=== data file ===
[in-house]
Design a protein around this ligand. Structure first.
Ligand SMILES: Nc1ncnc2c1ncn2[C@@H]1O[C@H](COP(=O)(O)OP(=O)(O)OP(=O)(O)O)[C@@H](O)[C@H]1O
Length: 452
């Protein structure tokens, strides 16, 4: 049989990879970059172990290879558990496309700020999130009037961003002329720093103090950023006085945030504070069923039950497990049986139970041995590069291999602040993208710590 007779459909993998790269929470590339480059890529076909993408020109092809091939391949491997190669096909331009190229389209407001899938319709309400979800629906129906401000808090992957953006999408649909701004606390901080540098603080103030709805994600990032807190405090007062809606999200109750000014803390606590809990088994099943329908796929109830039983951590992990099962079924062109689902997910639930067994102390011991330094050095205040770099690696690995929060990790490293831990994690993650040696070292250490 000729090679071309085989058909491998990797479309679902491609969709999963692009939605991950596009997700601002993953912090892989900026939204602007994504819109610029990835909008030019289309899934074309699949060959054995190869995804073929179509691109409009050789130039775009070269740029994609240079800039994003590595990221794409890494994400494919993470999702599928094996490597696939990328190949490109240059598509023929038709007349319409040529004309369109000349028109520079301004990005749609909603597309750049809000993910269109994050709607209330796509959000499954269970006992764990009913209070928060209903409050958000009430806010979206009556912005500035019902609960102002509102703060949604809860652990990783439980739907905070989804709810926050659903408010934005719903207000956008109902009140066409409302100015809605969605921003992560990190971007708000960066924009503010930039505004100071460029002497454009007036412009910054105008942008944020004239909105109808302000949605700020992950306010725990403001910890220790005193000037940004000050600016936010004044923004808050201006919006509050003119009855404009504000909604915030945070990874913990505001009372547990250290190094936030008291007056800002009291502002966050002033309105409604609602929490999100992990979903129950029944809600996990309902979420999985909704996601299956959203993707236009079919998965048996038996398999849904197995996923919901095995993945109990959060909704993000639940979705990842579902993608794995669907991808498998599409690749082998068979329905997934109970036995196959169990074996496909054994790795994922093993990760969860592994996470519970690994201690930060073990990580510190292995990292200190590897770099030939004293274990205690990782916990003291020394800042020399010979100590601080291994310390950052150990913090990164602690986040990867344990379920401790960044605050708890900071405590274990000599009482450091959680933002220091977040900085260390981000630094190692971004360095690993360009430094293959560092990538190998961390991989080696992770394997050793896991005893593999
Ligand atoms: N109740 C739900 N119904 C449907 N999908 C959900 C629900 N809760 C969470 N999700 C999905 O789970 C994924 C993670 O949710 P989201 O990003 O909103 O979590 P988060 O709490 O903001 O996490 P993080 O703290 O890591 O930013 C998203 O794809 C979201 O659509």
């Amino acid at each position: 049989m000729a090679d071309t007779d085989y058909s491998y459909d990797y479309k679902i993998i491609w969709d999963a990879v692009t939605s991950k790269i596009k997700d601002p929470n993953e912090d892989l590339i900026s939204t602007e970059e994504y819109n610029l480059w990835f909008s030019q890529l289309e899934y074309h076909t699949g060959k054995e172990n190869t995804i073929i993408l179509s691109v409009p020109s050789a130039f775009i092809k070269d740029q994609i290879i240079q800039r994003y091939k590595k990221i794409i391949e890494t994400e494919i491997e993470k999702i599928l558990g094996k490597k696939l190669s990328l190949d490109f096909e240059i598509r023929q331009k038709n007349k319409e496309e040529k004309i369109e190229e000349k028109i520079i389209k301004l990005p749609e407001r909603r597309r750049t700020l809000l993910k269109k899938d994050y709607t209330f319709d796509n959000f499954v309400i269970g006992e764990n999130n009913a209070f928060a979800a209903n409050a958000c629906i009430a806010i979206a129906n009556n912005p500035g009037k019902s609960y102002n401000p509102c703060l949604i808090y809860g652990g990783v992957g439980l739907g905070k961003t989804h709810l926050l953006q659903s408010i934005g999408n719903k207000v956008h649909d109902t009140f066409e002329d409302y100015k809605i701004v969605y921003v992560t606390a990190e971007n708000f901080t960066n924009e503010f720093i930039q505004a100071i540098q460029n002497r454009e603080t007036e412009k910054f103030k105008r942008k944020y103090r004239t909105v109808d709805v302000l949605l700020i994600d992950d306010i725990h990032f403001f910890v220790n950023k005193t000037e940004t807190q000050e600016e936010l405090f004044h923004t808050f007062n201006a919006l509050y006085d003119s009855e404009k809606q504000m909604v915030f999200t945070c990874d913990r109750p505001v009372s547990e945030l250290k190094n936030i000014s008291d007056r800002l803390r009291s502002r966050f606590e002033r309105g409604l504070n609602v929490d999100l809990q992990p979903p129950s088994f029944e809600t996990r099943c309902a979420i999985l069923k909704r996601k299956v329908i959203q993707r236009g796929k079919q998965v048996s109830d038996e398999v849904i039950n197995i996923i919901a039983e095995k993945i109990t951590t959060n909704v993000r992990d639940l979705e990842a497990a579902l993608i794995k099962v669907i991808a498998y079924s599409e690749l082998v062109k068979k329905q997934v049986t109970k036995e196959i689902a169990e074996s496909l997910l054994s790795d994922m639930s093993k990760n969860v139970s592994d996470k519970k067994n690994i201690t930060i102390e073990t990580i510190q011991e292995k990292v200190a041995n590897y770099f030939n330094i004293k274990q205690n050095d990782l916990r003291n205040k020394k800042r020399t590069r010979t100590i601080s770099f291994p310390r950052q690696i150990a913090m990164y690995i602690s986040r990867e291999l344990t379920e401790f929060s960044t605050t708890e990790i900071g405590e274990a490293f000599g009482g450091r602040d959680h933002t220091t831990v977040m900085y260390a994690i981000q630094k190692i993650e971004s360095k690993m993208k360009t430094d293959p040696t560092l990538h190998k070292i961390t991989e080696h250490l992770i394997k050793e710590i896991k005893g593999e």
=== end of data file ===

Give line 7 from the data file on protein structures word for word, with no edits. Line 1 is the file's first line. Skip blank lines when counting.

């Amino acid at each position: 049989m000729a090679d071309t007779d085989y058909s491998y459909d990797y479309k679902i993998i491609w969709d999963a990879v692009t939605s991950k790269i596009k997700d601002p929470n993953e912090d892989l590339i900026s939204t602007e970059e994504y819109n610029l480059w990835f909008s030019q890529l289309e899934y074309h076909t699949g060959k054995e172990n190869t995804i073929i993408l179509s691109v409009p020109s050789a130039f775009i092809k070269d740029q994609i290879i240079q800039r994003y091939k590595k990221i794409i391949e890494t994400e494919i491997e993470k999702i599928l558990g094996k490597k696939l190669s990328l190949d490109f096909e240059i598509r023929q331009k038709n007349k319409e496309e040529k004309i369109e190229e000349k028109i520079i389209k301004l990005p749609e407001r909603r597309r750049t700020l809000l993910k269109k899938d994050y709607t209330f319709d796509n959000f499954v309400i269970g006992e764990n999130n009913a209070f928060a979800a209903n409050a958000c629906i009430a806010i979206a129906n009556n912005p500035g009037k019902s609960y102002n401000p509102c703060l949604i808090y809860g652990g990783v992957g439980l739907g905070k961003t989804h709810l926050l953006q659903s408010i934005g999408n719903k207000v956008h649909d109902t009140f066409e002329d409302y100015k809605i701004v969605y921003v992560t606390a990190e971007n708000f901080t960066n924009e503010f720093i930039q505004a100071i540098q460029n002497r454009e603080t007036e412009k910054f103030k105008r942008k944020y103090r004239t909105v109808d709805v302000l949605l700020i994600d992950d306010i725990h990032f403001f910890v220790n950023k005193t000037e940004t807190q000050e600016e936010l405090f004044h923004t808050f007062n201006a919006l509050y006085d003119s009855e404009k809606q504000m909604v915030f999200t945070c990874d913990r109750p505001v009372s547990e945030l250290k190094n936030i000014s008291d007056r800002l803390r009291s502002r966050f606590e002033r309105g409604l504070n609602v929490d999100l809990q992990p979903p129950s088994f029944e809600t996990r099943c309902a979420i999985l069923k909704r996601k299956v329908i959203q993707r236009g796929k079919q998965v048996s109830d038996e398999v849904i039950n197995i996923i919901a039983e095995k993945i109990t951590t959060n909704v993000r992990d639940l979705e990842a497990a579902l993608i794995k099962v669907i991808a498998y079924s599409e690749l082998v062109k068979k329905q997934v049986t109970k036995e196959i689902a169990e074996s496909l997910l054994s790795d994922m639930s093993k990760n969860v139970s592994d996470k519970k067994n690994i201690t930060i102390e073990t990580i510190q011991e292995k990292v200190a041995n590897y770099f030939n330094i004293k274990q205690n050095d990782l916990r003291n205040k020394k800042r020399t590069r010979t100590i601080s770099f291994p310390r950052q690696i150990a913090m990164y690995i602690s986040r990867e291999l344990t379920e401790f929060s960044t605050t708890e990790i900071g405590e274990a490293f000599g009482g450091r602040d959680h933002t220091t831990v977040m900085y260390a994690i981000q630094k190692i993650e971004s360095k690993m993208k360009t430094d293959p040696t560092l990538h190998k070292i961390t991989e080696h250490l992770i394997k050793e710590i896991k005893g593999e």